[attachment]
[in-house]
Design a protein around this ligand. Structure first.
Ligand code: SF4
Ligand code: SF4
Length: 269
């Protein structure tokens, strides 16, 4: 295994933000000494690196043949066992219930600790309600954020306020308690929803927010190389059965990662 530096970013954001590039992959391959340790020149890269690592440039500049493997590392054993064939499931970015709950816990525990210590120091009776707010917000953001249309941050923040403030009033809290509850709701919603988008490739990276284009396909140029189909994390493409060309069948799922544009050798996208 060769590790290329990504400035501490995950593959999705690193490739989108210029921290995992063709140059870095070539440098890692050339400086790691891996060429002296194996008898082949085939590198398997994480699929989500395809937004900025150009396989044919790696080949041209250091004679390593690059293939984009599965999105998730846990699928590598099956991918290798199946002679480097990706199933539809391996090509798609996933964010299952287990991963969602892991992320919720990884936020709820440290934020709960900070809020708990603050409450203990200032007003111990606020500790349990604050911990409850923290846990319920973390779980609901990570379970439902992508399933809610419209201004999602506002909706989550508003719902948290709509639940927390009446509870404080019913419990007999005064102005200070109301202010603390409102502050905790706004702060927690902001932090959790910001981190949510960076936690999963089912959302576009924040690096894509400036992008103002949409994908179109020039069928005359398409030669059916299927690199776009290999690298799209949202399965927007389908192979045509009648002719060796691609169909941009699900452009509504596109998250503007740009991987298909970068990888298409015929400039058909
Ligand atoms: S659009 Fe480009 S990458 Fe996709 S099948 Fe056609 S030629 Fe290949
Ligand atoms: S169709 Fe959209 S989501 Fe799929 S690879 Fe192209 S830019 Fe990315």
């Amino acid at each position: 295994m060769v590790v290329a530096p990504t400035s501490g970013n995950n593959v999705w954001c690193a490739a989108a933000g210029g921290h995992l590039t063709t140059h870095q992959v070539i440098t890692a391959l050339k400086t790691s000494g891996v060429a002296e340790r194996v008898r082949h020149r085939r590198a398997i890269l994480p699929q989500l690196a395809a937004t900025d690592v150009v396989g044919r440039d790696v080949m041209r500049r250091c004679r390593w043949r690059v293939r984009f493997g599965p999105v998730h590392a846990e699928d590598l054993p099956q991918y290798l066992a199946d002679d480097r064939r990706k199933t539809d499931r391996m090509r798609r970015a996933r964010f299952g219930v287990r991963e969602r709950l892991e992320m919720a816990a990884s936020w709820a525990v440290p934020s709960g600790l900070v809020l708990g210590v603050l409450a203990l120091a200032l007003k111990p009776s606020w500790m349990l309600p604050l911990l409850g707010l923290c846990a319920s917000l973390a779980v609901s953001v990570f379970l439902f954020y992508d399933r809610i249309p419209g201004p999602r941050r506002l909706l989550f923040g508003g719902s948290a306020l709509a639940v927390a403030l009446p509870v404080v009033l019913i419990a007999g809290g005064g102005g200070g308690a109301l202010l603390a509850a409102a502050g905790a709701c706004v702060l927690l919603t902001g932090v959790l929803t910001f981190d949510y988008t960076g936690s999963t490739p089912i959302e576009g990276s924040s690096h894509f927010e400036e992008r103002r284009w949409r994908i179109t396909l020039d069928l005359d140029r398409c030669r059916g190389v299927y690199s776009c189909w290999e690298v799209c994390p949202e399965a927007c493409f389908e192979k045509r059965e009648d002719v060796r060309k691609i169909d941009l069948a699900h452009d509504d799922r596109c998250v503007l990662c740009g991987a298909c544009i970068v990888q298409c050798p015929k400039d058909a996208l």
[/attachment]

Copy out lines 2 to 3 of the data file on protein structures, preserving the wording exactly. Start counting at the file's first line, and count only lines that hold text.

Design a protein around this ligand. Structure first.
Ligand code: SF4